This issue is simply one of risk management.
    It is moreover not a question of Left versus Right – indeed it was Margaret Thatcher, nearly twenty years ago, who called for immediate action to reduce greenhouse gas emissions.
    Her words on our response to climate change are as wise and as relevant today as they were in 1990:
    “Many of the precautionary actions that we need to take would be sensible in any event.”

    Now does Malcolm know the young libs are likely setting up email chains to distort ABC polls on global warming (who else would bother to do it and it sooooo like them isnt it – the leadership of YL is seriously an embarrassment to the whole party – especially after their “dob in an academic” campaign). Nothing quite like them, thats for sure.

    Alanna

  44. Alanna
    February 9th, 2009 at 13:55 | #44

    43# Tony,
    Id say “risk management” also means keeping those baby liberal rottweilers tied up.

  45. Tony G
    February 9th, 2009 at 15:35 | #45

    “Then why does Malcolm Turnbull have green initiatives on his website Tony if global warming is a myth? To quote Malcolm himself”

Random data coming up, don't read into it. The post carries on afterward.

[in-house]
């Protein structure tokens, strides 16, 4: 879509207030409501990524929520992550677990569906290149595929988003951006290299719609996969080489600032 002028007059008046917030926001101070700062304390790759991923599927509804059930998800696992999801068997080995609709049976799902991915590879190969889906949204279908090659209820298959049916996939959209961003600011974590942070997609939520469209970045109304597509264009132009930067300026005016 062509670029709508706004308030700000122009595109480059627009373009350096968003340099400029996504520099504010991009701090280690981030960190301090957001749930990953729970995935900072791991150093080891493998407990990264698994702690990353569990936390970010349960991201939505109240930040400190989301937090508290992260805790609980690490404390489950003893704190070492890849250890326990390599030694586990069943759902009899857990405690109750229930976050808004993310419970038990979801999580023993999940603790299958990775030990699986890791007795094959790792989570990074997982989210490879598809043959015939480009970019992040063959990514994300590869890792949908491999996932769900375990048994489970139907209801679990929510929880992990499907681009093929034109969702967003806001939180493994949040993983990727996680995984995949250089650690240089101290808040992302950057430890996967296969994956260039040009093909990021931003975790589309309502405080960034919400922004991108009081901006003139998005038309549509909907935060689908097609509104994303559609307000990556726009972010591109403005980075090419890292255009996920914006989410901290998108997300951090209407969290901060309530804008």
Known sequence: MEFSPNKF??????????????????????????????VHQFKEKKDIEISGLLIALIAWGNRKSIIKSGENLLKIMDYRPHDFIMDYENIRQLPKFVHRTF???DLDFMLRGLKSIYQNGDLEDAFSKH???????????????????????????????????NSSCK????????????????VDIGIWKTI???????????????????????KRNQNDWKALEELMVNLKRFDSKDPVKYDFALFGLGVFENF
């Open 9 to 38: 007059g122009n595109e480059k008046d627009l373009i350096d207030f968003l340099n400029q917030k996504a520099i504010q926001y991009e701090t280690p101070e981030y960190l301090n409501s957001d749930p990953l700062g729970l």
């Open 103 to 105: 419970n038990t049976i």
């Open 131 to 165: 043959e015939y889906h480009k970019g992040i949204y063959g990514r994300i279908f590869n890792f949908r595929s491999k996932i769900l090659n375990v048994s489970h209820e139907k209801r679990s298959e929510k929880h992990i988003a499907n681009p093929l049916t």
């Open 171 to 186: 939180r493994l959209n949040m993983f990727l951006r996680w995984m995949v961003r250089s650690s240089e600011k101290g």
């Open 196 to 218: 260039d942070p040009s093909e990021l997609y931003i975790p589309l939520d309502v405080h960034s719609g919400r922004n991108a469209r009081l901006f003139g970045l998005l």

I do not know why Malcolm Turnbull does what ever he does? you should ask him. He has nothing to do with me, although he is my local member and I did vote for him last time, only because George Newhouse the developers son and ALP bagman, known close associate of an infamous ex judicial perjurer was the other option.

    “likely setting up email chains to distort ABC polls on global warming (who else would bother to do it and it sooooo like them isnt it”

    Alanna where is the evidence the “young lib”[s] are doing anything? Why would they even need or want too? The Liberals have been hoodwinked by the AGW ideological myth also, that is why they support it.

    The non existent temperature readings for 95% of the planet are pluck out of thin air and everybody who is not getting a government grant knows it. ( the poll result which the biased ABC has now pulled clearly outlines that fact)

  46. Alanna
    February 9th, 2009 at 17:59 | #46

    45#

    Come on Tony. The YL get up to all sorts on nonsense like this. Its pretty widely known…and you would know it too.

  47. Alanna
    February 9th, 2009 at 18:14 | #47

    46#
    Tony,